Africa Bombings Provide Big Test for FBI
By Michael Grunwald
Last year, the Justice Department's inspector general detailed evidence of serious misconduct within the explosives unit, alleging a pattern of flawed science, sloppy work, lax oversight and prosecutorial bias in high-profile bombing cases, such as those involving Oklahoma City, the World Trade Center and the Unabomber. But the 15-member unit now has a new leader, a new structure, a new staff, even a new name: the Materials and Devices Unit.
In Nairobi and Dar es Salaam, Tanzania, it has a chance to earn a new reputation. How the unit gleans evidence from badly contaminated crime scenes, while dealing with the enormous pressure to find infinitesimal clues, may determine whether the bombers and their sponsors are identified and how the United States responds to the terrorist assaults.
"We've worked extremely hard to get that unit staffed with experienced, competent people," said Donald Kerr, director of the FBI's laboratory division. "I think you'll see that they've taken hold out there."
Even the FBI laboratory's toughest critics agree that it has improved since Inspector General Michael R. Bromwich issued his report criticizing its explosives-related work. In a follow-up report in April, Bromwich praised the FBI for implementing most of his recommendations. The managers and other bomb experts accused of wrongdoing no longer work in the lab. There has been an overall shift from FBI agents to civilian scientists in the lab, which now includes 75 agents among its 700-plus employees. The new chief of the explosives unit, Thomas Jourdan, has a science doctorate, and the staff now includes material scientists as well as bomb technicians.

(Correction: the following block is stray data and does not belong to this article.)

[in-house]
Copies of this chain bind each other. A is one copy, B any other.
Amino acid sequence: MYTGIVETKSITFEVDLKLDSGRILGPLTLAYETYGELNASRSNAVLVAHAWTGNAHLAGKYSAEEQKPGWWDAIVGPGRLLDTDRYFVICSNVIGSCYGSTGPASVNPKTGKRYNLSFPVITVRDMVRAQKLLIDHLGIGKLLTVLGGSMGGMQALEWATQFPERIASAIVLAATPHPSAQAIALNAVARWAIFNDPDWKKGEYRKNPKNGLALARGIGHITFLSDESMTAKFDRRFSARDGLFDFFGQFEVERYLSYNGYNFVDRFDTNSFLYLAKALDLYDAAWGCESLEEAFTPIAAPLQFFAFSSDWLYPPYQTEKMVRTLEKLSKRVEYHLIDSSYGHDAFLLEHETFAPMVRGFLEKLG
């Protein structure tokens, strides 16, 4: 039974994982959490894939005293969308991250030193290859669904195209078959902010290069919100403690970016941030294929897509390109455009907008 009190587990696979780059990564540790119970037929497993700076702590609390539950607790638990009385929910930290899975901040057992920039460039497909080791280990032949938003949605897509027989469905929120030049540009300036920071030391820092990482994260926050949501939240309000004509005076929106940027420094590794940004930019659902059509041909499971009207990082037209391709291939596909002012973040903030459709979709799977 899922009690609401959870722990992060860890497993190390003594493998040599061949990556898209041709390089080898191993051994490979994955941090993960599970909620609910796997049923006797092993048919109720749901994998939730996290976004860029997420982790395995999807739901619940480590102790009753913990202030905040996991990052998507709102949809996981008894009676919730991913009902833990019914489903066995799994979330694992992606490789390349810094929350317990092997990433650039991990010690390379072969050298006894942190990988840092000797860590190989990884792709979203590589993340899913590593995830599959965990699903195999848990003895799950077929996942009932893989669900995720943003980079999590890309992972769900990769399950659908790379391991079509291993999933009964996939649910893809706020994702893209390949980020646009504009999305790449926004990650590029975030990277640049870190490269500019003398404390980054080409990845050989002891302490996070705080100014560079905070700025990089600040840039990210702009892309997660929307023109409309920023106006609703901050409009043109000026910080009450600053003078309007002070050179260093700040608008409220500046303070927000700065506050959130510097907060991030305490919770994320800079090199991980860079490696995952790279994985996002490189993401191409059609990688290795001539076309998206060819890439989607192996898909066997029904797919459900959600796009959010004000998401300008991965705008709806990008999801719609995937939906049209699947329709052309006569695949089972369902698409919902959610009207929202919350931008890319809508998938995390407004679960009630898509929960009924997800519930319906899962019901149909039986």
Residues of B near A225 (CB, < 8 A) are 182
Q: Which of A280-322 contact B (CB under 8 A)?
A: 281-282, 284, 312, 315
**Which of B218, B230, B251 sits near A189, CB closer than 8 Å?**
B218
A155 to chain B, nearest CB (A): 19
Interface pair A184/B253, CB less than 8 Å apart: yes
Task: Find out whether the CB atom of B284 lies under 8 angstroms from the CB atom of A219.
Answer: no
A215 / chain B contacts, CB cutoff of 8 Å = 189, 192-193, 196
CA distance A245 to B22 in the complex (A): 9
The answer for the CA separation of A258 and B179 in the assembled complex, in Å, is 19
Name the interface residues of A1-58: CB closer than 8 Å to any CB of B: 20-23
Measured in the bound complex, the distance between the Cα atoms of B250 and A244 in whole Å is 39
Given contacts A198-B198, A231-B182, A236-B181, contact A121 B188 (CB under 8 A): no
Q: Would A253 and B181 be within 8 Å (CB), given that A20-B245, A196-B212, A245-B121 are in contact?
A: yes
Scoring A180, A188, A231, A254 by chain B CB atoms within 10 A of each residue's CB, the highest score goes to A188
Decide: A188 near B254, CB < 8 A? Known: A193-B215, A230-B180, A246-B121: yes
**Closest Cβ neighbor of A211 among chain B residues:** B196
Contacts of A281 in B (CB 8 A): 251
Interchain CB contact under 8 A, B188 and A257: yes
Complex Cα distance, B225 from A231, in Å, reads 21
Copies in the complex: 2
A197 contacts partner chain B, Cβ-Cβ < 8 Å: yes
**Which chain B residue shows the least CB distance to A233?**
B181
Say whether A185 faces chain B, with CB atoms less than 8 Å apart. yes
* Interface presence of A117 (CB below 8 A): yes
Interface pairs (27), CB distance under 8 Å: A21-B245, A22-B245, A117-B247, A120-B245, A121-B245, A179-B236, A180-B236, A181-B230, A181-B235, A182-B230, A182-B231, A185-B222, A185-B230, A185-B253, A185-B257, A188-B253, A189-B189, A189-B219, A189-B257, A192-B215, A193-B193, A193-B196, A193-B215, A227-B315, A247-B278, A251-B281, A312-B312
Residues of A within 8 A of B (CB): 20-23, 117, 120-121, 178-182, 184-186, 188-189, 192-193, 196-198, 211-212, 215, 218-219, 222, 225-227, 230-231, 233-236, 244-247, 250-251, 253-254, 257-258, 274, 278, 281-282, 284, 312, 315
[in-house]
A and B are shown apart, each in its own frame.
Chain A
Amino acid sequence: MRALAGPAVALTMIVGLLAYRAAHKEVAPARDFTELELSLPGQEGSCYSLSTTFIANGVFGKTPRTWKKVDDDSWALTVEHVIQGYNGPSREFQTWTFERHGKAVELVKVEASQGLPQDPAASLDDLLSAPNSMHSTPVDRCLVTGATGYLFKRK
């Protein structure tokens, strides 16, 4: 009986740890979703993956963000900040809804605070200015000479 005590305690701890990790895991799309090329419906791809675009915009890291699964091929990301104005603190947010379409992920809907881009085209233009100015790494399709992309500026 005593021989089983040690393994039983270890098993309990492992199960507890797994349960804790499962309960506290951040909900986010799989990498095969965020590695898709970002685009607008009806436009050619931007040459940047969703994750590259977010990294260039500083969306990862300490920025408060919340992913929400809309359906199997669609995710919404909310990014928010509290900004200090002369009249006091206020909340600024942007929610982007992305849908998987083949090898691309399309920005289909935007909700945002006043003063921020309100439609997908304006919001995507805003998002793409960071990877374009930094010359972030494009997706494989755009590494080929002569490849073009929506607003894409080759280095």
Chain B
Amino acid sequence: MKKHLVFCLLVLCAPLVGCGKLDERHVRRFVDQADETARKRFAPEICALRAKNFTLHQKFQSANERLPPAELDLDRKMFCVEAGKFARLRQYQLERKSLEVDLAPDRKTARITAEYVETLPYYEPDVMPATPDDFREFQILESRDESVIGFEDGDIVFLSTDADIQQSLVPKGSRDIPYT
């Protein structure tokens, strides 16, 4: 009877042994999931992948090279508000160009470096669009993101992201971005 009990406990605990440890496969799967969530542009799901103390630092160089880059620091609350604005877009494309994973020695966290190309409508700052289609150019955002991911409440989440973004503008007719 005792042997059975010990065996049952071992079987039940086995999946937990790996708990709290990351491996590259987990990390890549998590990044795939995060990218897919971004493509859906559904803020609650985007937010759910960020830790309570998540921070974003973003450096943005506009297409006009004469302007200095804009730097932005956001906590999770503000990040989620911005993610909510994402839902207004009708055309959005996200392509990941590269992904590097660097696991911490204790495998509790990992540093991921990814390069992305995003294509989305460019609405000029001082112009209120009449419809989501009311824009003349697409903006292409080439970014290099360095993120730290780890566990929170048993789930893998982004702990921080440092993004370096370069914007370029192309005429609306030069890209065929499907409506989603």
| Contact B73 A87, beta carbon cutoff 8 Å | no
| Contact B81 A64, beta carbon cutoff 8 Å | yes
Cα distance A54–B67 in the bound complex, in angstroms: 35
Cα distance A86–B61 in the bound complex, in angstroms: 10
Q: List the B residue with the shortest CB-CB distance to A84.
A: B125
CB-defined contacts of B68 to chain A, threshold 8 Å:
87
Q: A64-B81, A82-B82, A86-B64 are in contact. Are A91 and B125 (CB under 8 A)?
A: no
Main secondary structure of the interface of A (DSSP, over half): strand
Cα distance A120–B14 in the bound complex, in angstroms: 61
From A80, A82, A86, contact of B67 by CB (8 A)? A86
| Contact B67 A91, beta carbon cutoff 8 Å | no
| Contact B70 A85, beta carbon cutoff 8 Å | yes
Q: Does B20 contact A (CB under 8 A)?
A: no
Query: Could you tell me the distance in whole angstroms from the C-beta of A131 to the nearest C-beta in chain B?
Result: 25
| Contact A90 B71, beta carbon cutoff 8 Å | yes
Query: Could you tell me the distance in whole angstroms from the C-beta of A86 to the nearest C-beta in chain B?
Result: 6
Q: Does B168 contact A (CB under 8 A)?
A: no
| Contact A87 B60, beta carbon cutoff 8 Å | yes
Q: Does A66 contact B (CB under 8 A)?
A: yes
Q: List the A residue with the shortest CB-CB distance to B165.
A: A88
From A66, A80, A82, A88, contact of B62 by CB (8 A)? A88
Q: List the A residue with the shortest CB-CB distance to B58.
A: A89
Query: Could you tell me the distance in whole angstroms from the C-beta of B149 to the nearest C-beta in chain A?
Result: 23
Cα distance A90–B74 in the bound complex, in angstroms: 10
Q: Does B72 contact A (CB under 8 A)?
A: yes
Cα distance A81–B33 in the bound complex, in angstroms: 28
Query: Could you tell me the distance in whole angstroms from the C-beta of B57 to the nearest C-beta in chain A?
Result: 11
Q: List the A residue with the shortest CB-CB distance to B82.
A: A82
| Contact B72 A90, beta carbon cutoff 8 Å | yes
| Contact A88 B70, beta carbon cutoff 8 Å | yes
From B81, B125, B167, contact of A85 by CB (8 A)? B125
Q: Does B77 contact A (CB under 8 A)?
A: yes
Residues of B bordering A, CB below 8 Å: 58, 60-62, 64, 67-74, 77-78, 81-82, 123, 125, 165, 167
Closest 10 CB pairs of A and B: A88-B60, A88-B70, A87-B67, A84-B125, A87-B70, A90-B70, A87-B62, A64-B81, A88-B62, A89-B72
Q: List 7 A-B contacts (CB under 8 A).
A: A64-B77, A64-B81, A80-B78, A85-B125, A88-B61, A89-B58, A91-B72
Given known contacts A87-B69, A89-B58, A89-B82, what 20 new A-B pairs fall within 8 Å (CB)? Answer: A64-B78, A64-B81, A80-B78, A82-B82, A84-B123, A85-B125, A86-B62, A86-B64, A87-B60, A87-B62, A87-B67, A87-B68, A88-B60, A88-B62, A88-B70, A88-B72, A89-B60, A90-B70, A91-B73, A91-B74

In this esoteric field, there have always been cultural and intellectual tensions between the bookishness of lab knowledge and the bravado of field experience, between objective material science and the more subjective art of bomb analysis. Scientists use microscopes to study residues and fragments; bomb experts use observation, three-dimensional models and simulations to reconstruct massive explosions.
Both hard data and educated guesswork are necessary in every bombing investigation, but Jourdan's selection as unit chief may reflect the FBI's recent tilt back toward hard science. He had not received any specific explosives training until he took a Navy ordnance course late last year.
But not all the critics are convinced that the unit's new name and new emphasis represent a new attitude. The FBI refused to move its chemists and residue analysts into the explosives unit, and Kerr acknowledged that non-scientists are still more prevalent in the unit than in any other section of the lab. Neither Tom Mohnal, who is in charge of the group in Nairobi, nor Leo West, who is leading the Dar es Salaam team, has a scientific background, Kerr said.
Mohnal was criticized in the inspector general's original 517-page report for some of his actions while directing the Unabom investigation, although he was not accused of misconduct. The report concluded that there was no proof that Mohnal had covered up an audit by a subordinate detailing serious problems with the case's lab work. But it did call Mohnal's claim that he had not known about the audit for more than a year, even though he had ordered it, "astonishing." And it described as "inadequate" a memorandum that Mohnal eventually wrote playing down the problems uncovered in the audit.
Mohnal won a Justice Department award for his work on the Unabom case, but prosecutors later said they would not have let FBI examiners testify if the case had gone to trial. In his report, Bromwich found that members of the unit had provided inaccurate or misleading testimony in the Oklahoma City and the World Trade Center bombing trials. The report concluded that the unit should no longer manage crime scenes, a recommendation the FBI has reluctantly agreed to adopt.